PHOENIX -- In a pregame ceremony last Saturday as part of the D-backs' 15th annual Hispanic Heritage Day, D-backs catcher Miguel Montero's family presented a check for $50,000 to the Ronald McDonald House.
The gift itself, coming out of Montero's pocket, showed a little bit about the Venezuelan's commitment to his adoptive community. Why he chose to give to the Ronald McDonald House specifically, however, tells so much more.
Coming to the United States as just a teenager in 2002, Montero played his first two professional seasons in Missoula, Mont. There, he lived with the Hopkins family, who provided him with a home away from home as he began his road to the Majors. That's where he first became aware of the Ronald McDonald House charity.
"I remember we used to collect the lids off soda cans," Montero said. "Anytime we'd have a Coke, we'd take those off and put them in a little bucket and send them in for money."
For years, Ronald McDonald House Charities -- an organization that provides temporary lodging for families with sick children -- has asked people to save and later drop off pop tabs on soda cans for the nonprofit to sell the recycled metal and use the funds towards its charitable undertakings.
Already with a real-world and humbled view of what it's like to help something you care about despite having financial limitations of your own, Montero vowed to get even more involved in 2007, when one of his host parents' children passed away following a battle with cancer.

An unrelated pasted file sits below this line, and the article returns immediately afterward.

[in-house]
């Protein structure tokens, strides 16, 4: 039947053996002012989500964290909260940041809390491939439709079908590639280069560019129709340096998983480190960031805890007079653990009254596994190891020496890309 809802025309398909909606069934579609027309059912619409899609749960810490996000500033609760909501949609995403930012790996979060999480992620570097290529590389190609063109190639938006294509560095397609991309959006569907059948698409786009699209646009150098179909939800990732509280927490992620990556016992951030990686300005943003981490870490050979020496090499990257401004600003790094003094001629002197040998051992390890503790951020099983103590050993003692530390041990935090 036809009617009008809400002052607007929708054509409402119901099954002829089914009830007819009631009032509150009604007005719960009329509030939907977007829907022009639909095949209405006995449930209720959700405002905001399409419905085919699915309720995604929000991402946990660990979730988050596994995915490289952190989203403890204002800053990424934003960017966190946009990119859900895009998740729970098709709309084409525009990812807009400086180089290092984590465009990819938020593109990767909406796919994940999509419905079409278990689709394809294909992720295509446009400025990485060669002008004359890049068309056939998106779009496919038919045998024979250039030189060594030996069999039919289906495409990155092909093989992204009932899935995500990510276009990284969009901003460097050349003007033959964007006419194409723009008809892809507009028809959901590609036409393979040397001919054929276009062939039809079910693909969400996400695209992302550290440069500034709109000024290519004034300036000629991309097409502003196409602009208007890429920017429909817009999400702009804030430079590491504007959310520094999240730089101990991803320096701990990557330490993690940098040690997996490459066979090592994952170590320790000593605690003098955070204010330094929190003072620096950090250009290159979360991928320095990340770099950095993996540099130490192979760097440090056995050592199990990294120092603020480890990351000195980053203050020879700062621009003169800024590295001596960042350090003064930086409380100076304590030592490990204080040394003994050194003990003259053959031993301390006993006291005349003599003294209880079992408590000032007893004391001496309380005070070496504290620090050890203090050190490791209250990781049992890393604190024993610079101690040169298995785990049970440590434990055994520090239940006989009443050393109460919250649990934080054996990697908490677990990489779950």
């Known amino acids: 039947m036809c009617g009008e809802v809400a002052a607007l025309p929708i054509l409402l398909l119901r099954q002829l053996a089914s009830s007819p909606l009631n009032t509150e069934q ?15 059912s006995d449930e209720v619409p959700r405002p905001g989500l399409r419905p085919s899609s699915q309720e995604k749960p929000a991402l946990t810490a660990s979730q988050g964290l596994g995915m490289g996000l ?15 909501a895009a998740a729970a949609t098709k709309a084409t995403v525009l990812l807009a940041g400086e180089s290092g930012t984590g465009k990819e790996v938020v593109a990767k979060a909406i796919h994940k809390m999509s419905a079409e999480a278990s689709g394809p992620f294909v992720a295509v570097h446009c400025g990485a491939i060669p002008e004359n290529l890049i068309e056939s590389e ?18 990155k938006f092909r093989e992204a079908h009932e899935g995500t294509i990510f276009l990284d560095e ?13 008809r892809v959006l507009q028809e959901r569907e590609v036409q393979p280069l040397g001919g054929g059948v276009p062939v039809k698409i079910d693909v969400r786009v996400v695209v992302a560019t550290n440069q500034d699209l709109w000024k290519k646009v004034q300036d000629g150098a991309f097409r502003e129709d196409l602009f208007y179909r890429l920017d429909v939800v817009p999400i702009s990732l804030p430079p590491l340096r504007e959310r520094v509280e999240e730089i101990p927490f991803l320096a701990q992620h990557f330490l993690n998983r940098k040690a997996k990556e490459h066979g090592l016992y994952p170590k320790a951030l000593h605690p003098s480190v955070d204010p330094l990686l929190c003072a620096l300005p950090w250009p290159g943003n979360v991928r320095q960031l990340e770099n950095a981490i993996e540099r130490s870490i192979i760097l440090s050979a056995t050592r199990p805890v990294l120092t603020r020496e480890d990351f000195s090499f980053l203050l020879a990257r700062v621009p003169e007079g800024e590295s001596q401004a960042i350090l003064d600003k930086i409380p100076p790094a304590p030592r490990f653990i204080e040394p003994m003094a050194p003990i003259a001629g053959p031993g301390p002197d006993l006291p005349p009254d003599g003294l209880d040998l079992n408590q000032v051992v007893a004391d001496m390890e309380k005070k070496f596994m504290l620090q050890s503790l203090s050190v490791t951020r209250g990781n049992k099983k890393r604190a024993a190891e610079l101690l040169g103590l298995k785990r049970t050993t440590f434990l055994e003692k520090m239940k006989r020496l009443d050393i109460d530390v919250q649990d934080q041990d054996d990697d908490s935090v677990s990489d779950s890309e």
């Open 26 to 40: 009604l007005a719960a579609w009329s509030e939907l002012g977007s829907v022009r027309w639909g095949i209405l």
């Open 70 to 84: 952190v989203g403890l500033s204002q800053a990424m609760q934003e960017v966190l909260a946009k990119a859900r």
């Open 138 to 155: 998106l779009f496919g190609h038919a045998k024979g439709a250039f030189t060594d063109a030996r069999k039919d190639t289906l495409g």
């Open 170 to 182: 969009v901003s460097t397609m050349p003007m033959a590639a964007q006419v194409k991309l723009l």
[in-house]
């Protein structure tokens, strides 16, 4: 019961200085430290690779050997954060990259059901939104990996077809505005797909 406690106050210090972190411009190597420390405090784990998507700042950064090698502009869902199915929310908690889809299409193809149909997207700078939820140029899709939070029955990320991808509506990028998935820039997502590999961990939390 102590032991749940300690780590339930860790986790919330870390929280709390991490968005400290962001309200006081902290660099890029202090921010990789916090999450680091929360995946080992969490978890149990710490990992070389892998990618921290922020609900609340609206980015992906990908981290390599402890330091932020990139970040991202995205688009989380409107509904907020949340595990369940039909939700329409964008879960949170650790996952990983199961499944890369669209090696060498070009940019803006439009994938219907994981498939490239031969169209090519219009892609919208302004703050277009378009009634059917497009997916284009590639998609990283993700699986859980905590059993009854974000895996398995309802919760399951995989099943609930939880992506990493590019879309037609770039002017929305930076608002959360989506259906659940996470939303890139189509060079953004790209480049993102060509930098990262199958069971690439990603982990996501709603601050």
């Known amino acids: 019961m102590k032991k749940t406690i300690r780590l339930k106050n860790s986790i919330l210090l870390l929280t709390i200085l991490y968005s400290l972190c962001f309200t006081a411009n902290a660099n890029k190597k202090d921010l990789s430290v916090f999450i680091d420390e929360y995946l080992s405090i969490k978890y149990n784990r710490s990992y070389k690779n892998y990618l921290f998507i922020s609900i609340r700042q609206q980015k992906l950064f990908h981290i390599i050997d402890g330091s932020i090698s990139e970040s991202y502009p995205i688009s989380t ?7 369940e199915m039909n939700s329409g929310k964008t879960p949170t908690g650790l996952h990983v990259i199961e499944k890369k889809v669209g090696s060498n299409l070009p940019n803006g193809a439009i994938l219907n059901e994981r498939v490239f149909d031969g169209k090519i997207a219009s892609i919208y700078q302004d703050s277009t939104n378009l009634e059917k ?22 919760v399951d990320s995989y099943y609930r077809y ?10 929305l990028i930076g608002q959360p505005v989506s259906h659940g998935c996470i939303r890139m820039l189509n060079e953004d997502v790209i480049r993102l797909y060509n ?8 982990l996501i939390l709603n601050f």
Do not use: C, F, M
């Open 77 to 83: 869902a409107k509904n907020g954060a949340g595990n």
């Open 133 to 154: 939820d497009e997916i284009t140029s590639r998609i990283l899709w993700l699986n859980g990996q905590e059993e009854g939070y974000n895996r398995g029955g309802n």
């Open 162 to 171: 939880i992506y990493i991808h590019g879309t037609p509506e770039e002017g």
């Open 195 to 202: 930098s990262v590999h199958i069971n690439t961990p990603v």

"I was 18 years old at the time [I lived with my host family], and I saw how much that [charity] meant to them," Montero said. "So now that I'm here and I can help even more, that's what I'm going to do."
Aside from the monetary aspect, Montero has also given his time to the charity, visiting the Phoenix locations on several occasions. The 30-year-old has also done other work in the community, like visiting the Maricopa Medical Center on Dia De Los Ninos earlier this year, but it's his personal relationship over the years with the Ronald McDonald House that shines a light on his character.
"God blessed me with all the things I have, so why not help others who need it?" Montero said. "I like what they do for people. I've spent a lot of time there, and I had a real connection there. I saw people coming in from all over and they couldn't afford much, but the Ronald McDonald House was there for them. It's good what they do for those people, and if I can help them some way, somehow, I'm going to do it."
Tyler Emerick is an associate reporter for MLB.com. This story was not subject to the approval of Major League Baseball or its clubs.